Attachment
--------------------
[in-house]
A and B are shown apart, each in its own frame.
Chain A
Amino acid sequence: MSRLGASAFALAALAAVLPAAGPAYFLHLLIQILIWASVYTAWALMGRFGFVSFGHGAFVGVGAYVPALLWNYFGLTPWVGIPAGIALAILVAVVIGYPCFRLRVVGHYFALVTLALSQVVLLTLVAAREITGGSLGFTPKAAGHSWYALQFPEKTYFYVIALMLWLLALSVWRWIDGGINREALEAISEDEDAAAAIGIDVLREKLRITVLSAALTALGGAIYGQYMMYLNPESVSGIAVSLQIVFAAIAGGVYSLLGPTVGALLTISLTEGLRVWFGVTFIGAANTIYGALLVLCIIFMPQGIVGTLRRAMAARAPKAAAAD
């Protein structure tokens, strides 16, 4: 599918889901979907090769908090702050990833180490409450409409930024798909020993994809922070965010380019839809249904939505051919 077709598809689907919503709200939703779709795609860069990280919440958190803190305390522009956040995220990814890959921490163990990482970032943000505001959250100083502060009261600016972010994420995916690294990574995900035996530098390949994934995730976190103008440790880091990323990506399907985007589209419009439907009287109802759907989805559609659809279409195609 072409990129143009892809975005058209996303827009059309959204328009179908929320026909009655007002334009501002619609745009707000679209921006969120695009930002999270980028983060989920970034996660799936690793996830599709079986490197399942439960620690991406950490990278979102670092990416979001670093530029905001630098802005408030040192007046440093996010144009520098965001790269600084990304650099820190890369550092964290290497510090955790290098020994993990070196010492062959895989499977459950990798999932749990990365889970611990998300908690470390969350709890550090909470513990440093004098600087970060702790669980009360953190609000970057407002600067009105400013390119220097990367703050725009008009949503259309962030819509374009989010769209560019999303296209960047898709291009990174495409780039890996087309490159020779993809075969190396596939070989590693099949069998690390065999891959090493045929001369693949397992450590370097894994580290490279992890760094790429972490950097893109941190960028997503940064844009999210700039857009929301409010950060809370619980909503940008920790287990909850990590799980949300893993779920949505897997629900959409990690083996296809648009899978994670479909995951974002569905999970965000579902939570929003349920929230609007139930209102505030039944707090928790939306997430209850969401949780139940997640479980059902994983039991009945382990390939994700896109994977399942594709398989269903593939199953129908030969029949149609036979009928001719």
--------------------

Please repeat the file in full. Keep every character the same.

[in-house]
A and B are shown apart, each in its own frame.
Chain A
Amino acid sequence: MSRLGASAFALAALAAVLPAAGPAYFLHLLIQILIWASVYTAWALMGRFGFVSFGHGAFVGVGAYVPALLWNYFGLTPWVGIPAGIALAILVAVVIGYPCFRLRVVGHYFALVTLALSQVVLLTLVAAREITGGSLGFTPKAAGHSWYALQFPEKTYFYVIALMLWLLALSVWRWIDGGINREALEAISEDEDAAAAIGIDVLREKLRITVLSAALTALGGAIYGQYMMYLNPESVSGIAVSLQIVFAAIAGGVYSLLGPTVGALLTISLTEGLRVWFGVTFIGAANTIYGALLVLCIIFMPQGIVGTLRRAMAARAPKAAAAD
């Protein structure tokens, strides 16, 4: 599918889901979907090769908090702050990833180490409450409409930024798909020993994809922070965010380019839809249904939505051919 077709598809689907919503709200939703779709795609860069990280919440958190803190305390522009956040995220990814890959921490163990990482970032943000505001959250100083502060009261600016972010994420995916690294990574995900035996530098390949994934995730976190103008440790880091990323990506399907985007589209419009439907009287109802759907989805559609659809279409195609 072409990129143009892809975005058209996303827009059309959204328009179908929320026909009655007002334009501002619609745009707000679209921006969120695009930002999270980028983060989920970034996660799936690793996830599709079986490197399942439960620690991406950490990278979102670092990416979001670093530029905001630098802005408030040192007046440093996010144009520098965001790269600084990304650099820190890369550092964290290497510090955790290098020994993990070196010492062959895989499977459950990798999932749990990365889970611990998300908690470390969350709890550090909470513990440093004098600087970060702790669980009360953190609000970057407002600067009105400013390119220097990367703050725009008009949503259309962030819509374009989010769209560019999303296209960047898709291009990174495409780039890996087309490159020779993809075969190396596939070989590693099949069998690390065999891959090493045929001369693949397992450590370097894994580290490279992890760094790429972490950097893109941190960028997503940064844009999210700039857009929301409010950060809370619980909503940008920790287990909850990590799980949300893993779920949505897997629900959409990690083996296809648009899978994670479909995951974002569905999970965000579902939570929003349920929230609007139930209102505030039944707090928790939306997430209850969401949780139940997640479980059902994983039991009945382990390939994700896109994977399942594709398989269903593939199953129908030969029949149609036979009928001719």